PHP Catchable fatal error:  Object of class DateTime could not be converted to string in C:\test.php on line 2

Catchable fatal error: Object of class DateTime could not be converted to string in C:\test.php on line 2


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 [2010-02-16 22:24 UTC] none at mialinator dot com
just fix datetime!
 [2011-09-09 11:26 UTC] oliver dot graetz at gmx dot de
First of all: Fixing the DateTime class is a good start but this is really just one of many problems.

Four and a half years have passed and with the current PHP the problem still persists: Put any object not implementing __toString() into code where it is converted to string (for example using "implode()") and you get a catchable fatal error.

PHP is a language ultimately designed to produce strings in 99.999% of all calls to any PHP script. Introducing language changes that make this harder is not a good idea.

There are many situations when code runs through a list or hierarchy of variables. The current situation forces the programmer to check whether a cast to string for any variables is safe:

  $printable = (!is_object($var) or method_exists($var, '__toString'));

This is really a joke on its own: For arrays and even resources there is a fallback (e.g. "Resource id #17"), only for objects someone decided that it would be a good idea to instead produce catchable fatal errors under certain circumstances.

For me there currently remain some questions:

1. Why is there still no output for engine internal classes like DateTime where there is good reason to actually provide a default output?

2. Why is there no "is_printable($var)" function if PHP changed to a language where not all variables can be printed? The above code should not be needed to answer such a basic question. Thinking about a "Printable" interface would also be a good idea if the current situation with triggering errors remains.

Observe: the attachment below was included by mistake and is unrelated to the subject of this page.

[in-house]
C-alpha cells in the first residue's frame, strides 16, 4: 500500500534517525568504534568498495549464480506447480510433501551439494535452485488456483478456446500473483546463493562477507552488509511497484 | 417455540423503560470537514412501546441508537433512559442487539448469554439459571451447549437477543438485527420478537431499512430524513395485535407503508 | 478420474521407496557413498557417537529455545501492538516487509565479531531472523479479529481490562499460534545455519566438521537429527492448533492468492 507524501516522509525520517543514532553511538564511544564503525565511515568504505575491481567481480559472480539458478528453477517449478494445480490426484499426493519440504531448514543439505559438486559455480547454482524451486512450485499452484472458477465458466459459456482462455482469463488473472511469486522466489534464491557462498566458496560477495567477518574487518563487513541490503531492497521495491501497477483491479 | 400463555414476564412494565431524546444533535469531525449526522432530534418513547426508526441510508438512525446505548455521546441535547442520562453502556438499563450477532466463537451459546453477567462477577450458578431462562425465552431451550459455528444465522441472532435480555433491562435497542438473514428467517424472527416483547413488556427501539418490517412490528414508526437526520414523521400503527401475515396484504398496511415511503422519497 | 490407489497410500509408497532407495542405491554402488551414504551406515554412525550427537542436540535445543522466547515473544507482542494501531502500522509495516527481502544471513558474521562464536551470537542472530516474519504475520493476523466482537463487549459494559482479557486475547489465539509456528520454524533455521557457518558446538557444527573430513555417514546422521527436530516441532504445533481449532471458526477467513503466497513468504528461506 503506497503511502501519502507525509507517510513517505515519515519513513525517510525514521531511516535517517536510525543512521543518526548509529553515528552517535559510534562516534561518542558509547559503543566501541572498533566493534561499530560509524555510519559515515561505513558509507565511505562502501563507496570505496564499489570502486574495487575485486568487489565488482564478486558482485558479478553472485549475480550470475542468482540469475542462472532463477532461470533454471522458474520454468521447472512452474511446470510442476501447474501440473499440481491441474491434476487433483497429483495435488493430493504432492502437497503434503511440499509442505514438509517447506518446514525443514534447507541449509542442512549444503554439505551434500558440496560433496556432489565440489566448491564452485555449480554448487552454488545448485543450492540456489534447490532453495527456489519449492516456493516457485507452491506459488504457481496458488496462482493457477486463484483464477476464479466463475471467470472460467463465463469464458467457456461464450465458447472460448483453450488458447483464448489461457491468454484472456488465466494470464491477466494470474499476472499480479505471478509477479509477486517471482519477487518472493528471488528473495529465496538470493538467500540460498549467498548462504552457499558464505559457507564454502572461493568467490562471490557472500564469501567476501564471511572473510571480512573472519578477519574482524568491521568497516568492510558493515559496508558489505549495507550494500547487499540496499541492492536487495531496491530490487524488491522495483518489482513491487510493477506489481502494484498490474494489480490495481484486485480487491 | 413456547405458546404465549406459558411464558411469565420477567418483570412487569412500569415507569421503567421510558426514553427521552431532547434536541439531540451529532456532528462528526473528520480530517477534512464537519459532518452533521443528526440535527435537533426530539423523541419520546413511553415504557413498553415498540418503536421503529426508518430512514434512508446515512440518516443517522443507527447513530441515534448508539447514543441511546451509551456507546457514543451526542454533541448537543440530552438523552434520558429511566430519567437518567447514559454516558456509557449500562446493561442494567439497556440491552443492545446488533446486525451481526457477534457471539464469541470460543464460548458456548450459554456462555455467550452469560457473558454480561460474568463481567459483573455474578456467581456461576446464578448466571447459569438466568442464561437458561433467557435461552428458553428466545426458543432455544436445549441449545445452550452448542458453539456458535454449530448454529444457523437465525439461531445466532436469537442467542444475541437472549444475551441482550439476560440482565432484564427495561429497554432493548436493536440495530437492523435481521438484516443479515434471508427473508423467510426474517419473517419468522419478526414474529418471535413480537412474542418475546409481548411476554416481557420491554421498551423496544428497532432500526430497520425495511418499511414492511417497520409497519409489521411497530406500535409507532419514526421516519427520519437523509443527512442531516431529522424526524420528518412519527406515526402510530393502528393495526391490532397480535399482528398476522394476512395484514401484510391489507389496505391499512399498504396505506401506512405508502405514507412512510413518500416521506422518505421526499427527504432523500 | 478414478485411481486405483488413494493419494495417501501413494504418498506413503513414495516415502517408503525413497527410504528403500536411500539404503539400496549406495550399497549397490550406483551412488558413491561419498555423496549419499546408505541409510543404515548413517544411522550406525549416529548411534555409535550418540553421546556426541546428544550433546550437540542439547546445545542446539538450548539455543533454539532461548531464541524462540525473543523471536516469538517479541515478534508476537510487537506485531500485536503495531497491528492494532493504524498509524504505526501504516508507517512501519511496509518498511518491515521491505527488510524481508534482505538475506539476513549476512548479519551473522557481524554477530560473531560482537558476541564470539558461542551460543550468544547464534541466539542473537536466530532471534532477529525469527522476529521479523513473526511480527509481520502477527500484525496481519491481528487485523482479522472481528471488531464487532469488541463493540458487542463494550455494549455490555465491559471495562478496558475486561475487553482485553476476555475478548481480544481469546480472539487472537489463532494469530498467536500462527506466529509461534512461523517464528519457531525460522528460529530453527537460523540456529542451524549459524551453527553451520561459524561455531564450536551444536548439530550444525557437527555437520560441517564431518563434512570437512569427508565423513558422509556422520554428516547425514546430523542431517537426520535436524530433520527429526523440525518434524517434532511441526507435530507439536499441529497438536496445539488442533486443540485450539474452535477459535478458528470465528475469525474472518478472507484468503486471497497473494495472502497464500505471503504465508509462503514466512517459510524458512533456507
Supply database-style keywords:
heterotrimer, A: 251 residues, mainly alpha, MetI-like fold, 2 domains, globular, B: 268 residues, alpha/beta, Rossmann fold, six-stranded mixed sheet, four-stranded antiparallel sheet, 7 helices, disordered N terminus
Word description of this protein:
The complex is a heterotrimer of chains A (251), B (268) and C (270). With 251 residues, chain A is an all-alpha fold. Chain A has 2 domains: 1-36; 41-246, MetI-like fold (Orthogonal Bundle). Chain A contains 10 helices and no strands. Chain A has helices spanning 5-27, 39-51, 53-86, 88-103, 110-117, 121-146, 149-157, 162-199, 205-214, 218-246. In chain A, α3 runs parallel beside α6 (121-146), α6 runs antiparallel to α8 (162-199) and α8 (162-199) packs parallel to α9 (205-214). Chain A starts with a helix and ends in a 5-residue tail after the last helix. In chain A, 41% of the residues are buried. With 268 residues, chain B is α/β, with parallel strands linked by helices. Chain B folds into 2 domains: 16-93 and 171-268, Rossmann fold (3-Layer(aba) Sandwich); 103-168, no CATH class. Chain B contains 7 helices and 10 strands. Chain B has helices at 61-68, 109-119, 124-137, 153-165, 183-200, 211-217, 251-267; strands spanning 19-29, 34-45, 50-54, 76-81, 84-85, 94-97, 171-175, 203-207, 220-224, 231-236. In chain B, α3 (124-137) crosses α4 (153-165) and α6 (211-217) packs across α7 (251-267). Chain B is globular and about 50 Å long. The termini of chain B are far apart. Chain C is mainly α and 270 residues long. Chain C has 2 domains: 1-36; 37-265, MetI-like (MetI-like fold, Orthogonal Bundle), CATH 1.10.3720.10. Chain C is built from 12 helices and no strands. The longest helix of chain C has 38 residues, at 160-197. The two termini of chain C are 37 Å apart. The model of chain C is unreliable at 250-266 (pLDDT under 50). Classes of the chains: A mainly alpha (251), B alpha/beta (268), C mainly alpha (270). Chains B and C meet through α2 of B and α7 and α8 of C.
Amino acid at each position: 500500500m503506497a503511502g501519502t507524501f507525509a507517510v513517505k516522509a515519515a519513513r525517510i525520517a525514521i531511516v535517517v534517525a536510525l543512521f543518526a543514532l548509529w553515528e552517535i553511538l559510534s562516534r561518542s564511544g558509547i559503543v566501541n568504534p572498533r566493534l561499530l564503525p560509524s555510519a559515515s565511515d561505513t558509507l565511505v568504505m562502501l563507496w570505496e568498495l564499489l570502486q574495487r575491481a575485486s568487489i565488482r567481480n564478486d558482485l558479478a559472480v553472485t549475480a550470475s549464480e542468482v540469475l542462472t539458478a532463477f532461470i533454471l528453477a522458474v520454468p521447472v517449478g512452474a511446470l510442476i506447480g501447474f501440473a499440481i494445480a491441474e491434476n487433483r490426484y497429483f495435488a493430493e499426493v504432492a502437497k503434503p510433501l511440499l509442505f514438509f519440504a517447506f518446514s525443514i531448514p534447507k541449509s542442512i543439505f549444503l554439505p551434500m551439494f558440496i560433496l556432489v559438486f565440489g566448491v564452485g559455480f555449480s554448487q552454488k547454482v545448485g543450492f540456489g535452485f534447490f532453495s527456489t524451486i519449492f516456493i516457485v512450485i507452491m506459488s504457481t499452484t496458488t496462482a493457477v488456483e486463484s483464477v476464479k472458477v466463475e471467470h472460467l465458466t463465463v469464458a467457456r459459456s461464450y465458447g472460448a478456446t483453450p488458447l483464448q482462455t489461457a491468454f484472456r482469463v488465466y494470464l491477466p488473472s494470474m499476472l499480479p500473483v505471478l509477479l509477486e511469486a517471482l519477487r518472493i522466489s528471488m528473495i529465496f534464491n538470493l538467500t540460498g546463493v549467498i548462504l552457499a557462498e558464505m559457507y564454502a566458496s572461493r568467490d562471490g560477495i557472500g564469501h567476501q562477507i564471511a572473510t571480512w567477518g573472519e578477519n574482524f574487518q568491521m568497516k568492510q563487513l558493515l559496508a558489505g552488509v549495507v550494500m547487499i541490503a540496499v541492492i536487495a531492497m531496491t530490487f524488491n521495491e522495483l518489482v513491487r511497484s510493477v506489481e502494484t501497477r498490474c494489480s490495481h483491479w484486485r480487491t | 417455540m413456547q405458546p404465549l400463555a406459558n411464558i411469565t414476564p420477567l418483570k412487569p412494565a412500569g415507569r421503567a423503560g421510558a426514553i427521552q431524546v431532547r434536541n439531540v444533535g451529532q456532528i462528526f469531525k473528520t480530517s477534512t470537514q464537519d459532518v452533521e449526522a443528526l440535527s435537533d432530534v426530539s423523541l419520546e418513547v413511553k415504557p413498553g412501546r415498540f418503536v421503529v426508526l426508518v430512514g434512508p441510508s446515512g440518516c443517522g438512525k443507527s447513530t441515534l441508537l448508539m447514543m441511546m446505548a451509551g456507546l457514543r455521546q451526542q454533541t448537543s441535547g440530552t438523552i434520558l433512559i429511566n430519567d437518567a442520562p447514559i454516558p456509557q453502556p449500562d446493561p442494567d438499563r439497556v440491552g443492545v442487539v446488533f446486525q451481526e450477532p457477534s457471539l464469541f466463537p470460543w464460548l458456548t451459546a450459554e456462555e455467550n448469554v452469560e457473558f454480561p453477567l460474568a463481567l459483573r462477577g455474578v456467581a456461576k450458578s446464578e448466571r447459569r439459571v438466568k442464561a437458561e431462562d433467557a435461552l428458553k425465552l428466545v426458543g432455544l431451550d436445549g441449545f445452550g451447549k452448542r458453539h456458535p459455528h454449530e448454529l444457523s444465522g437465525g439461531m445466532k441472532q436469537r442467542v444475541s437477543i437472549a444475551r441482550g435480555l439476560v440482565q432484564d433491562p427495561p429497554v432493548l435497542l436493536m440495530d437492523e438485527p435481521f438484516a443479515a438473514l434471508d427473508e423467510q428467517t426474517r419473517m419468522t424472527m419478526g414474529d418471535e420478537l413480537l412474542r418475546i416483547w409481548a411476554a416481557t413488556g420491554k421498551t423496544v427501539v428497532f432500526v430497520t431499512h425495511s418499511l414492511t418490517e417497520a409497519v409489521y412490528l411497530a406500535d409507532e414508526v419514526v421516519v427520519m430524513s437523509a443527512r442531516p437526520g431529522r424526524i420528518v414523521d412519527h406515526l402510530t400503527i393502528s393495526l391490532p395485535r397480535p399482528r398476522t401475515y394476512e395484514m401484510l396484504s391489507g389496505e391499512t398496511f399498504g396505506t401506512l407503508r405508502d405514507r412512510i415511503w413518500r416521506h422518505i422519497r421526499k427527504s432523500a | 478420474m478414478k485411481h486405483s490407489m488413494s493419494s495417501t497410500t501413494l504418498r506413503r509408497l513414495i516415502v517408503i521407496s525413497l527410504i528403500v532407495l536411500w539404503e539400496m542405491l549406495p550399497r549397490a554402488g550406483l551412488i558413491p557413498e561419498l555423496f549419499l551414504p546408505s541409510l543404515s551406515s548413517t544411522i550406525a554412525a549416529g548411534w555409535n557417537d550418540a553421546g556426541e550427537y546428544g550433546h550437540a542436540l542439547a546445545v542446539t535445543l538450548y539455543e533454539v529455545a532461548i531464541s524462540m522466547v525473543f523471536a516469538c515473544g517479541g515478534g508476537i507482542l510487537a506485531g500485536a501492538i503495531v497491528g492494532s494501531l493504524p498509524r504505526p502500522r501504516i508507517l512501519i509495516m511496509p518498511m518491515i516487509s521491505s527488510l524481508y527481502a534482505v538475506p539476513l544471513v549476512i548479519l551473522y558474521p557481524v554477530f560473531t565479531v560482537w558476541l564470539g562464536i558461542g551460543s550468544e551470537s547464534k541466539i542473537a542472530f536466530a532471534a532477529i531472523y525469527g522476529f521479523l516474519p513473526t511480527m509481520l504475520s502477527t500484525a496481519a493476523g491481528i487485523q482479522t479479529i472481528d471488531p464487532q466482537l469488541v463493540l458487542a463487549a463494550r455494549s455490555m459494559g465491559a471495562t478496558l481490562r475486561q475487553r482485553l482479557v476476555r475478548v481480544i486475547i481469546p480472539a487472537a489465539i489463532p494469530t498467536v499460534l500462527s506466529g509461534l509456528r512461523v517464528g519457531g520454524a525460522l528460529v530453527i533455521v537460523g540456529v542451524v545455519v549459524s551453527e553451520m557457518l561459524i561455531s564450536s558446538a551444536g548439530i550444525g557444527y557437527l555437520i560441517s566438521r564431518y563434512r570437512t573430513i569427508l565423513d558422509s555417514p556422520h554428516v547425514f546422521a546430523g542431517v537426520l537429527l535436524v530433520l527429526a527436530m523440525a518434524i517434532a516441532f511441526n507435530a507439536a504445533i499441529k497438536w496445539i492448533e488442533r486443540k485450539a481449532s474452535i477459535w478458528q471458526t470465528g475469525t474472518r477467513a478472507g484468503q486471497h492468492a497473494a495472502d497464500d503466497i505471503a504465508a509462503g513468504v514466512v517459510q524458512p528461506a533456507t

3. Why is there a fallback "Array" for arrays but not "Object" or something else for objects not providing the __toString method?

4. Why does this have to be a catchable fatal error that forces the programmer to provide an error handler that purposely ignores it to continue script execution? Wouldn't an E_WARNING have sufficed?
 [2012-02-09 01:57 UTC] kavi at postpro dot net
Open for almost five years now without a single comment from a core developer.
 [2016-12-31 00:01 UTC]
-Package: Feature/Change Request +Package: Scripting Engine problem
 [2018-09-14 22:02 UTC]
-Status: Open +Status: Suspended
 [2018-09-14 22:02 UTC]
I think this suggestion needs more careful thought.  While there
are objects which may have a sensible string representation (such
as DateTime), there are certainly objects which don't (for
example, instances of PDO, ZipArchive and SoapServer).  For the
latter category, I prefer an error over some nonsentical string
representation (such as 'Array' for arrays).

Since this is only my personal opinion, feel free to start the RFC
process[1].  For the time being, I'm suspending this feature

[1] <>